[OPE-L:5501] Re: Re: More Intense Labor

From: Rakesh Narpat Bhandari (rakeshb@Stanford.EDU)
Date: Sat May 05 2001 - 13:19:36 EDT

re Jerry's 5499

>Re Rakesh's [5498]:
>>   If you burn yourself out, you need time to
>>  recuperate, i.e., not work.
>Workers are not batteries.
>All they need in a purely physiological sense to
>recuperate from working intensively (provided
>they are not injured on the job) is adequate time
>for sleep.

Fine. There is no purely physiological need; what appears to be a 
physical need for rest and recuperation cannot be separated strictly 
speaking from socially and culturally determined needs. The point 
remains that whatever the working class needs for rest and 
rucuperation--as physiologically/culturally/socially determined--is 
threatened by an intensification of labor. The working class will now 
"need" (though not in a strict physiological sense as you correctly 
insist) more time for rest and recuperation. If after intensification 
workers don't make enough to now work for shorter hours with the same 
consumption possibilities or with more days off again with the same 
consumption possibilities, they will *experience* intensification as 
a depression of the wage below the value of their labor power.

And in this case we don't have a clear case of relative surplus value.

>No. What is required is sleep, not days off.
>Of course, workers can come to believe that
>they need days off per week and weeks off
>per year and this can (and does) then become
>an issue in the class struggle.

Yes if workers believe that they need to rest and recuperate so much 
after a given expenditure of labor, then if after a greater 
expenditure of labor, they do not enjoy a commensurate increase in 
rest and time for recuperation, they will suffer in real terms the 
immiseration which derives from the depression of the wage below the 
value of labor power, as physiologically/culturally/socially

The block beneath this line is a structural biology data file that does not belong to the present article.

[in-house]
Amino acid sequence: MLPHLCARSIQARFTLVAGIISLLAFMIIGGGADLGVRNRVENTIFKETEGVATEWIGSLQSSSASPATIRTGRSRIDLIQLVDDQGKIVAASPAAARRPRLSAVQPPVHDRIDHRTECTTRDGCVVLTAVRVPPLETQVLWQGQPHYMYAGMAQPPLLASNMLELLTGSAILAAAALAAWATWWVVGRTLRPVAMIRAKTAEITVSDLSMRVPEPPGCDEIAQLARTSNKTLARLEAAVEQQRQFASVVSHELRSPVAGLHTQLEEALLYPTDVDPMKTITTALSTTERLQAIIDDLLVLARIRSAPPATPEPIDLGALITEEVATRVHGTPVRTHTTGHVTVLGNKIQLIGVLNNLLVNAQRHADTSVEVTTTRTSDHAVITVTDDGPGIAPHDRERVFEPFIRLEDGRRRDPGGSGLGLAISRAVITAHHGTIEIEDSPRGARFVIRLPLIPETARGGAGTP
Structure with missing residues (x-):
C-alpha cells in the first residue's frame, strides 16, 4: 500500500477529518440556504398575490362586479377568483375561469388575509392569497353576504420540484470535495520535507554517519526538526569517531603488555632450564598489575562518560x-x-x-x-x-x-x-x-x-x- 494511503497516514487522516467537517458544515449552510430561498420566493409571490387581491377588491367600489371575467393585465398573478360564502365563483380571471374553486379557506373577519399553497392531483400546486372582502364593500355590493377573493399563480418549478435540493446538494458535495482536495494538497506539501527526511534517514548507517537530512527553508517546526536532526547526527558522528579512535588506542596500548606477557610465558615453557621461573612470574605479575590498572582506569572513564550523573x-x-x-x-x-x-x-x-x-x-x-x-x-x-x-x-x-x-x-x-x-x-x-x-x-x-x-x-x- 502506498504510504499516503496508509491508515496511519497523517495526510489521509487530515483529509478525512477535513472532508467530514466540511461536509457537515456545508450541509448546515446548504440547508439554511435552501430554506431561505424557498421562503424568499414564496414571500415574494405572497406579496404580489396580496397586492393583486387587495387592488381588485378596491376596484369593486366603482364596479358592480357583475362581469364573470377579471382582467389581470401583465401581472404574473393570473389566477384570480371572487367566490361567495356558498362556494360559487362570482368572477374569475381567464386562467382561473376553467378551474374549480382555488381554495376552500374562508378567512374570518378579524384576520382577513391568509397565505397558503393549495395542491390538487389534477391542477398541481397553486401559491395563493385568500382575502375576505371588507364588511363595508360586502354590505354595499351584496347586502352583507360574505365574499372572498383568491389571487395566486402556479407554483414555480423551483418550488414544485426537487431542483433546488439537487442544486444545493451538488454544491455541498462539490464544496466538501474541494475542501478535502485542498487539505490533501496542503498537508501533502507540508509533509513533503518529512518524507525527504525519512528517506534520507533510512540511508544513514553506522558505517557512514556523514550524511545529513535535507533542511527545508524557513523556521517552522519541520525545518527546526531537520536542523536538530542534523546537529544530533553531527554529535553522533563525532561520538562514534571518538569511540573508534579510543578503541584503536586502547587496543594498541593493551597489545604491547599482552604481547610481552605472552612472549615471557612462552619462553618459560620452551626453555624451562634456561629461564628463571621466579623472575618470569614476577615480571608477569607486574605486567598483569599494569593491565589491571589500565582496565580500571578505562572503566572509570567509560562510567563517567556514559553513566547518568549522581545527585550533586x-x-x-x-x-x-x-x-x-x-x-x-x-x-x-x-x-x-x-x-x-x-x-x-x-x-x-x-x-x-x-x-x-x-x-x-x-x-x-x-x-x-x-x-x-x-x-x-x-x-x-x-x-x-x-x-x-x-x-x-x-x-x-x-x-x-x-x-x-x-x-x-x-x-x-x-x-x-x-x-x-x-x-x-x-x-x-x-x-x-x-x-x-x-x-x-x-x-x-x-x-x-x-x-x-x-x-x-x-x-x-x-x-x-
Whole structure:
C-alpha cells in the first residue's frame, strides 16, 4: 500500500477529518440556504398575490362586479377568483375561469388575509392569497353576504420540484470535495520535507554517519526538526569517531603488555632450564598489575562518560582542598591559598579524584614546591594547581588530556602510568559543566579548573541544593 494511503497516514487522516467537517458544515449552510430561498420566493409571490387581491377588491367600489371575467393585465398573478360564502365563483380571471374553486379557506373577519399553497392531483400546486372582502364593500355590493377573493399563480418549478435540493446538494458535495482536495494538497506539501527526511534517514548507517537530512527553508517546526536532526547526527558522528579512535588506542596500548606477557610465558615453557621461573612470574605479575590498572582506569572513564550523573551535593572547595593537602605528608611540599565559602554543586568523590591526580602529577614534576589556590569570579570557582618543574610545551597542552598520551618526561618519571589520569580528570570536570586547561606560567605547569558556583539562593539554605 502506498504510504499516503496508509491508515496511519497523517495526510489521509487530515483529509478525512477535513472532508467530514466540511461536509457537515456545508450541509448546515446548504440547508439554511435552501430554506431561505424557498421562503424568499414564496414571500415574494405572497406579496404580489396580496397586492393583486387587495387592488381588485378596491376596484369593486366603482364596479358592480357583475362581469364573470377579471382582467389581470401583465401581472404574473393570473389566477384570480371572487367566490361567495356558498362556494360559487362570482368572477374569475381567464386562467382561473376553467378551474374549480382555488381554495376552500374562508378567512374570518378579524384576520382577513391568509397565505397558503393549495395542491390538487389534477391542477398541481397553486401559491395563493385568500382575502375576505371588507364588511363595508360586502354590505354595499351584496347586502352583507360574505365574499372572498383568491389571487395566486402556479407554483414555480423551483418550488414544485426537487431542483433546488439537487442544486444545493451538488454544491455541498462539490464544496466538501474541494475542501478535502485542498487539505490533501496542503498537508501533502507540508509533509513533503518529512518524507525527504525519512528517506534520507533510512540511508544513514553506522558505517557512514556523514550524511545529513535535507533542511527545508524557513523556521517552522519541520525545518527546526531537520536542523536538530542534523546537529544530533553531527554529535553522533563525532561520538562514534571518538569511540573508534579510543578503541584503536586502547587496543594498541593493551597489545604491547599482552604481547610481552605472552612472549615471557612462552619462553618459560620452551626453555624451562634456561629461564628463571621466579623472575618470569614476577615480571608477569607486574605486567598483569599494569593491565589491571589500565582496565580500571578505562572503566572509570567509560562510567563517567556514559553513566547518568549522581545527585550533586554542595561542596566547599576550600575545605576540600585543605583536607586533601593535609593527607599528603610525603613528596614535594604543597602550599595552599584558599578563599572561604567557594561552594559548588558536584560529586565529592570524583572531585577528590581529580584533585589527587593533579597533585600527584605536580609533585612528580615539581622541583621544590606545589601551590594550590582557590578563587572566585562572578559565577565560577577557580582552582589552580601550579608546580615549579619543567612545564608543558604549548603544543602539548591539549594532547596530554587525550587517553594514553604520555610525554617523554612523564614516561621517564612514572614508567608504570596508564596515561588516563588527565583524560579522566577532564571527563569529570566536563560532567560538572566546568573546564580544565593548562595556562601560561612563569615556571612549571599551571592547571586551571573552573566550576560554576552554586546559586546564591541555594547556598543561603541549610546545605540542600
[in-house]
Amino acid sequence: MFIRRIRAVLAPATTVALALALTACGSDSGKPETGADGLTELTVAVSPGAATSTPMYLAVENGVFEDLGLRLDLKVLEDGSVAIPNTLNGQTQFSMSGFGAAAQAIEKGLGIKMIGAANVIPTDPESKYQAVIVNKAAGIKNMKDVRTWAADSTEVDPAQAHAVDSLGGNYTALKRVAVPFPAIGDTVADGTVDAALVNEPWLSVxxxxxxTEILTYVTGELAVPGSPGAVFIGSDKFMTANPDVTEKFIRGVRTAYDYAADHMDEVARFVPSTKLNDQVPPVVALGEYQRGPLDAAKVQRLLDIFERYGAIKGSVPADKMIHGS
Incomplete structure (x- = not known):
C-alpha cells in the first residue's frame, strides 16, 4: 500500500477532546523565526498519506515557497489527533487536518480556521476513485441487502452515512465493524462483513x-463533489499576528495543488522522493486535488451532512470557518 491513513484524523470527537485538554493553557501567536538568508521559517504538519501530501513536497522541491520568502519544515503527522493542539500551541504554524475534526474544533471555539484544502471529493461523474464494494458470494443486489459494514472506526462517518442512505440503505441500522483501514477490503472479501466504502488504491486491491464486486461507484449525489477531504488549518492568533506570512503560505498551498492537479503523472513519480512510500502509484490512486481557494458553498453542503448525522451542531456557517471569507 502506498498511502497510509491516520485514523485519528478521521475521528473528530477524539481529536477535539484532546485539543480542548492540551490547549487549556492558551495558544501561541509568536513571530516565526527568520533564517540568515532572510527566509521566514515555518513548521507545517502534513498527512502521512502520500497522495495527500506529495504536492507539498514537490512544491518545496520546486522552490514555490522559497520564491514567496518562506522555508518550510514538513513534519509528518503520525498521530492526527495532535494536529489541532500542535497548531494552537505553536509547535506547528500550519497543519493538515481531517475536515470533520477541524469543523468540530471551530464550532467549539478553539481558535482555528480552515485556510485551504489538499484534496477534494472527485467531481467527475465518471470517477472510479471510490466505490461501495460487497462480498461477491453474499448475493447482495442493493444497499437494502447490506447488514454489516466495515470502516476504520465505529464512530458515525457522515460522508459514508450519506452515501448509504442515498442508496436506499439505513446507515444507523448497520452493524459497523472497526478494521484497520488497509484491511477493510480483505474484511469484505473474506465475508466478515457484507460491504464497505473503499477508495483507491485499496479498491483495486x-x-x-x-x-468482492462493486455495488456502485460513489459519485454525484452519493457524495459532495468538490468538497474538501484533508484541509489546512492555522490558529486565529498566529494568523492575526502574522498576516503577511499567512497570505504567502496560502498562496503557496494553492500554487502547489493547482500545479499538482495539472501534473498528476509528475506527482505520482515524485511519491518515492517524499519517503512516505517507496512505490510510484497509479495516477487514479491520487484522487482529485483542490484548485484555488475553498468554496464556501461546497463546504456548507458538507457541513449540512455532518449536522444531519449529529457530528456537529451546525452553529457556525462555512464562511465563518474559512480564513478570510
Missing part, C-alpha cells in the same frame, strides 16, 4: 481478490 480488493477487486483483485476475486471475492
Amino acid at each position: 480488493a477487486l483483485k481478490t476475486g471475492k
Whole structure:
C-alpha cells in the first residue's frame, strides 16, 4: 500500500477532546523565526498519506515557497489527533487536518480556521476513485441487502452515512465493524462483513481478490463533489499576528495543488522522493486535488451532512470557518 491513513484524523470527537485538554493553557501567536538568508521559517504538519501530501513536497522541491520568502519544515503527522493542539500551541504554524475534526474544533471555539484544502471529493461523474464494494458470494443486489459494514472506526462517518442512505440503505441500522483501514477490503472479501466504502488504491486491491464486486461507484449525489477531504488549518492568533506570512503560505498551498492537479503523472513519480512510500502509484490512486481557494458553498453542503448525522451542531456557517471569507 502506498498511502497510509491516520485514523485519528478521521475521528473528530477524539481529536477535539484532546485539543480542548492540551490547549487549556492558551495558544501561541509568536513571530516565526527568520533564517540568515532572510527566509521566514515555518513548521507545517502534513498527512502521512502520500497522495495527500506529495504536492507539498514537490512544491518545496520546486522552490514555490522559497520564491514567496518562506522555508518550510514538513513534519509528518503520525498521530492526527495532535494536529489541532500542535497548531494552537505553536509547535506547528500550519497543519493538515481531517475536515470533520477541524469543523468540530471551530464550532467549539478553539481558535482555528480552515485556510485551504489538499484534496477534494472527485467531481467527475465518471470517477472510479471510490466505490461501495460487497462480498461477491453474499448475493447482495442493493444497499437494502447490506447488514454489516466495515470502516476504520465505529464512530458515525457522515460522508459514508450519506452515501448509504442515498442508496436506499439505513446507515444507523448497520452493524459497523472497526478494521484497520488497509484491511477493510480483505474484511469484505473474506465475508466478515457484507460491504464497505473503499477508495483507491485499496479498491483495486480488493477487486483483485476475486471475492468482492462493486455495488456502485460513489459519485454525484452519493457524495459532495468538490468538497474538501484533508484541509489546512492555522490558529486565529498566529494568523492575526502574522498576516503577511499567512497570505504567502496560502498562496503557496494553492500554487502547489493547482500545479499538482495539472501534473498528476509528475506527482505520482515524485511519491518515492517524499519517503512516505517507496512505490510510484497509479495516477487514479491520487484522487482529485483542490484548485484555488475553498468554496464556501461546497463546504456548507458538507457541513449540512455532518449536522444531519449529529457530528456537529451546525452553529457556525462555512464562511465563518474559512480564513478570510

So does the extra surplus value which derives from depressing the 
wage below the value of labor power count as relative surplus value?

>The point I would make is that there is more
>than one form of relative surplus value

The question you are not asking is whether the depression of the wage 
below the value of labor power counts as a form of relative surplus 

>and simply
>because we label an increase in labor intensity
>as a form of increasing relative surplus value
>does not mean that we can or should confuse
>this form with the *predominant* form for
>how relative surplus value is increased (i.e.
>with labor-saving technical change). Indeed,
>it is crucial to understand the difference in these
>two forms as well as their difference from
>absolute surplus value.

In the case of absolute surplus value does not the wage fall below 
the value of labor power?

>>  How are you responding to the criticism I made > of your argument? You
>said that intensification
>>  does not endanger the depression the wage
>>  below the level needed to meet certain
>>  physiological needs. I said
>>  that this was not clear at all. You are simply not > responding.
>I already responded ... on numerous occasions.
>For instance, yesterday I explained the _only_
>(highly exceptional) circumstance in which
>increasing labor intensity would necessarily
>require additional consumption.

Why do you say these are exceptional circumstances? Where is your 
evidence?  You seem to be generalizing from the factory in which you 
worked--there you found to be many overfed people? What does this 


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